“I don’t like her boyfriend,” I say to Falkor.
The beast stares up at me with gray eyes and pants, his long tongue hanging out the side of his mouth.
“Next time he comes over you should pee on his leg,” I suggest.
I’m talking to a dog. I feel like that movie where the guy is stranded on a desert island and ends up talking to a volleyball as if it’s his best friend. I sure as hell hope this isn’t a sign that I’m destined to have Falkor as my only friend while I’m living in Chicago. That would suck more than being stuck in Headmaster Crowe’s office getting lectured for an hour.
When we get to the beach, I look out over the calm water. The shoreline is tame compared to Cali, where sleeper waves can take your feet out from under you without warning. I stand at the water’s edge and look across the moonlit water with Falkor at my side. I wonder how my dad feels being surrounded by nothing but water. He told me once that living in a submarine is like escaping the outside world and living in your own bubble. While some guys enlist for money or education or to find themselves, my dad says being in the military makes him feel useful. Everyone has a purpose in life, he once told me. Finding out yours is crucial to knowing who you are and who you want to be.
What’s my purpose? I haven’t told my dad that I’m going to enlist after I graduate, in an attempt to find my purpose in life.
As I jog along the shoreline, I come across a small crowd hanging around a fire listening to music and laughing. I recognize Ashtyn immediately. She’s sitting next to her boyfriend, but they both look miserable. The dude’s holding a beer in one hand and is leaning on the other. If she were my girlfriend, I’d have one hand tangled in that long blond hair of hers and the other on her waist, pulling her close so our bodies were pressed against each other as I kissed her until she was breathless. But I’m not him.
Falkor barks, attracting the attention of more than a few people. Including Ashtyn. Shit. Her distrusting eyes meet mine before she looks away and pretends I don’t exist.
I end up taking a detour and jog the rest of the way back to the house. I wish the workout made me stop thinking too much, but seeing Ashtyn reminds me of all the crap I have to deal with.
“Ashtyn isn’t all that,” I tell Falkor.
This weird sound, kind of like a groan, comes out of the dog’s mouth.
“She’s got a boyfriend. And she can’t stand me livin’ in her house, right?” But she’s got full, kissable lips. And these eyes that seem to change colors with her moods. I can’t shake her from my mind.
I stop and look down at the dog for confirmation, since he knows her better than me. He’s looking up at me with droopy, clueless eyes.
“I’m talking to a damn dog, and I called her crazy.” I laugh to myself.
Back at the house I’m trying to find a comfortable position on my air mattress, but it’s not easy. On top of that, I keep imagining Ashtyn’s lips as if they’re some kind of artwork to be admired and analyzed. When I’m finally so beat and bored I can sleep soundly even on this crappy blowup, Falkor jumps onto the bed with me. I’m waiting for the mattress to puncture and explode, but it doesn’t. Within seconds, the beast is snoring.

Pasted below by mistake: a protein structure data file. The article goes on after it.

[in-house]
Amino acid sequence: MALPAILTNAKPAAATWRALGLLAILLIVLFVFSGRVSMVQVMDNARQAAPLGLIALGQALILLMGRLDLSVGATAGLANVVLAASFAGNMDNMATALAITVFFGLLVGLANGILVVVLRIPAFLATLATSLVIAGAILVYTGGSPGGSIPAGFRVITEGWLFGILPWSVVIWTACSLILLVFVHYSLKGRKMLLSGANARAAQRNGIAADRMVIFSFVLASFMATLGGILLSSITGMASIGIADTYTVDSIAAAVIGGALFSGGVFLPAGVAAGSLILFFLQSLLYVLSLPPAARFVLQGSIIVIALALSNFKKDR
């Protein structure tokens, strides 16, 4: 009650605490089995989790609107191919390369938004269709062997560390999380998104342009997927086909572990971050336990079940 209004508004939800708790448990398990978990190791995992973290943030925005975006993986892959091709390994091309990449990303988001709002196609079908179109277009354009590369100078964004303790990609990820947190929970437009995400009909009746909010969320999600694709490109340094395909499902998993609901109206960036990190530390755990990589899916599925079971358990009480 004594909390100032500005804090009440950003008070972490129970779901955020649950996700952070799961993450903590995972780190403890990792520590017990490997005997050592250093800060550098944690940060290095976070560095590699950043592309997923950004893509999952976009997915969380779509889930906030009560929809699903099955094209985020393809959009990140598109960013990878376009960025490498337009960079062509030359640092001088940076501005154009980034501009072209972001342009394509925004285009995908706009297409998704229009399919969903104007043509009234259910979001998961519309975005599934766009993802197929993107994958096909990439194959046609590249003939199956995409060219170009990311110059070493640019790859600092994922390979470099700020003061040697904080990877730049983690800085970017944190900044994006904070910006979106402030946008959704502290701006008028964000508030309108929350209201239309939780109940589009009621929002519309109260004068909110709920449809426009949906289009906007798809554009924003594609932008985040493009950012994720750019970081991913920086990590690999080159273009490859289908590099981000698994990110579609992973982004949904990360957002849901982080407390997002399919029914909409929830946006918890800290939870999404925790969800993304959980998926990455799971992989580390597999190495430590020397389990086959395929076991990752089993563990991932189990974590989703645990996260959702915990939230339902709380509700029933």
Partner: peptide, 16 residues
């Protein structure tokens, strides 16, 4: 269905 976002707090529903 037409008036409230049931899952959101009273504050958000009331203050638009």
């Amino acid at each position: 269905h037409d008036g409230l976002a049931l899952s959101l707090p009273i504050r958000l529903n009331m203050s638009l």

I’ve been dozing for at least an hour when someone bursts into the room. “Why are you sleeping with my dog?” Ashtyn demands.
“I’m not,” I respond in a sleepy moan. “He’s sleepin’ with me.”
“Isn’t it enough that my sister and nephew worship the ground you walk on? You want to steal my dog, too? I saw you at the beach with Falkor. I don’t want you thinking he’s your dog. He’s mine.”
“Listen, Sugar Pie, Falkor snuck into my room. I didn’t invite him. You got issues with your family, keep me out of it.” I sit up and note that she’s changed into a hockey jersey and baggy flannel pants with skulls and crossbones on them. It’s a drastic change from what she wore on her date. “Just take your dog and go to bed.” I lie back down and expect her to leave, but I feel her gaze on me. I wish I wasn’t tempted to reach out and pull her close, to shut her up with a kiss that would make her forget that boyfriend. “What?”
“If you call me Sugar Pie again, I’m going to knock you out.”
I’m tempted to say the word on the tip of my tongue. Promise?
I’ve been curled up in bed for the past three hours with my eyes closed tight, wishing my life would stop spinning out of control. Landon and I didn’t get along last night at all. I don’t even know where things stand now.
I look at my phone to see if he’s called or texted. He hasn’t, although it’s Saturday. He’s probably still sleeping.
I slowly head for the bathroom. I’m about to sit on the toilet when I’m suddenly off balance and feel like I’m going to fall in. The damn seat is up. I cringe as I set it back down, silently cursing Derek and fully intending to call him out.
First I need to eat. Then I can confront Derek and head to the field to practice. Though Dieter doesn’t have official practice on the weekends, we don’t want to lose our momentum.
Derek walks in the kitchen a few minutes after I do, wearing shorts and a T-shirt. His long hair is messed up and he looks sweet and innocent. I know guys like Derek, who look innocent but are just the opposite. Falkor, who’d disappeared from my room in the middle of the night, comes prancing in on Derek’s heels.